In corporate America, chief operating officers are the glue that hold business units together and ensure they are all moving forward on the same page.
But can they work as effectively in the public sector as they do in the private sector? Incoming Governor Ned Lamont, who takes office Wednesday, has faith that they can. He's tasked public policy specialist Paul Mounds Jr. to be state government's first-ever COO.
Mounds has played key roles in the previous administration, and for Congressman John Larson and U.S. Sen. Richard Blumenthal. His new job will include getting state agencies to work better together. He'll also help state commissioners set benchmarks, and then make sure they are being met.
It's all part of the lessons that Lamont learned by running his own business that he hopes to replicate as Connecticut's CEO.
Today we look at how chief operating officers have benefited other states, as well as the challenges awaiting Lamont and the state legislature, which opens back up for business this week.
- Paul Mounds Jr. - Chief Operating Officer for incoming Gov. Ned Lamont (@PMounds)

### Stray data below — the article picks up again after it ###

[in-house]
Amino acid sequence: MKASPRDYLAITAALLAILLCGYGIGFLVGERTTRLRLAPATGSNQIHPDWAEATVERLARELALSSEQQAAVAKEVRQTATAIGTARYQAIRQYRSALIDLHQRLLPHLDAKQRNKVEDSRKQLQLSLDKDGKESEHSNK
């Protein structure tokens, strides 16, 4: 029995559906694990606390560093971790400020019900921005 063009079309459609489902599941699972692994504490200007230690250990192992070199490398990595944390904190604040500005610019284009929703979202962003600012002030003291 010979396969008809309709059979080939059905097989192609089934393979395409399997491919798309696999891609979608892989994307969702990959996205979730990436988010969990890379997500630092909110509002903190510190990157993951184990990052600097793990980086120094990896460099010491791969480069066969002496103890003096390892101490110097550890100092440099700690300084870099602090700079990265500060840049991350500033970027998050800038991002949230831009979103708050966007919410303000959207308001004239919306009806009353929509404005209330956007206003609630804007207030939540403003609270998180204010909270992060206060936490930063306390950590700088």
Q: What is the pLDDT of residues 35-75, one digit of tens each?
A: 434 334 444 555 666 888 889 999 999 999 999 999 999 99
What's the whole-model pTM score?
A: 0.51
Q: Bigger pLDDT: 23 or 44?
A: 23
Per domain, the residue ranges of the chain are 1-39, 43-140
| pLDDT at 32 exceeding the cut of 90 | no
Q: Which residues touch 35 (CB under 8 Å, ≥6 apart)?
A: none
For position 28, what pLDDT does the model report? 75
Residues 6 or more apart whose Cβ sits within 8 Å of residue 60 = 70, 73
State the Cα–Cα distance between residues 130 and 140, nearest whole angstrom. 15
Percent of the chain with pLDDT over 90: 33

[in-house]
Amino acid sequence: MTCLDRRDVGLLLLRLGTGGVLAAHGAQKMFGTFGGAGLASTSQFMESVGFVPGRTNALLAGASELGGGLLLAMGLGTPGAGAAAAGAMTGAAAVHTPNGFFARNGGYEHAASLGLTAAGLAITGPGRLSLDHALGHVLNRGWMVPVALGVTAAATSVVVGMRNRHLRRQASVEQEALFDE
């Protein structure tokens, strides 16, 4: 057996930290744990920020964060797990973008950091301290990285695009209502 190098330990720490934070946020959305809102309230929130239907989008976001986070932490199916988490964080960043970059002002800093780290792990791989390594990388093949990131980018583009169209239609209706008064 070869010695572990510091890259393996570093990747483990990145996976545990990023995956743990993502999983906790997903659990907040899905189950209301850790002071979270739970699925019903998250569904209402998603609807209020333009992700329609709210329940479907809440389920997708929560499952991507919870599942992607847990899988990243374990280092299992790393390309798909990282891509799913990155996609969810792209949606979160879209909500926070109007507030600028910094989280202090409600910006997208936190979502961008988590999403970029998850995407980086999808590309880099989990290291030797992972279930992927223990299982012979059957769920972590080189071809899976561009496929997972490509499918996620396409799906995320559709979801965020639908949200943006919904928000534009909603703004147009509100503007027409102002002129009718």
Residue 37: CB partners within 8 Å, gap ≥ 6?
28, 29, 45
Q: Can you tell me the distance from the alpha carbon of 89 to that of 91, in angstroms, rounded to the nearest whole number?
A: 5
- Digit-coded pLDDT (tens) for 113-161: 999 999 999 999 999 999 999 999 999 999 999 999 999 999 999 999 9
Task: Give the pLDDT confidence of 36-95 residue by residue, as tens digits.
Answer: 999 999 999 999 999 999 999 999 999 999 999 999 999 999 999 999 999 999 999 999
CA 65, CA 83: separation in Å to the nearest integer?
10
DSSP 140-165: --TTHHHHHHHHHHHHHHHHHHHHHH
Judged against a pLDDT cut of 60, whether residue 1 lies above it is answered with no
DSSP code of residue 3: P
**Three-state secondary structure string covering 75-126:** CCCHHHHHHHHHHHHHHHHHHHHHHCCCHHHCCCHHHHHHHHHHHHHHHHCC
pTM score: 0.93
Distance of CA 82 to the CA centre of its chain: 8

- John M. Bernard - Senior Fellow at the Governing Institute, contributor at Governing.com, and author of Government That Works: The Results Revolution in the States (@johnmbernard)
- Daniela Altimari - Statehouse reporter at the Hartford Courant (@capitolwatch)
Governing.com: The Chief Operating Officer That Every State Needs - As state governments respond to increasing demands for accountability and efficiency, a new job title is popping up in the capitol. More and more, governors are drawing on the experience of the private sector and creating the position of chief operating officer (COO).
Hartford Courant: Ned Lamont says he is "not going to waste my shot" - "... a good governor can make a difference for 30 years. And lousy governance can make a difference for 30 years."
Chion Wolf contributed to this show.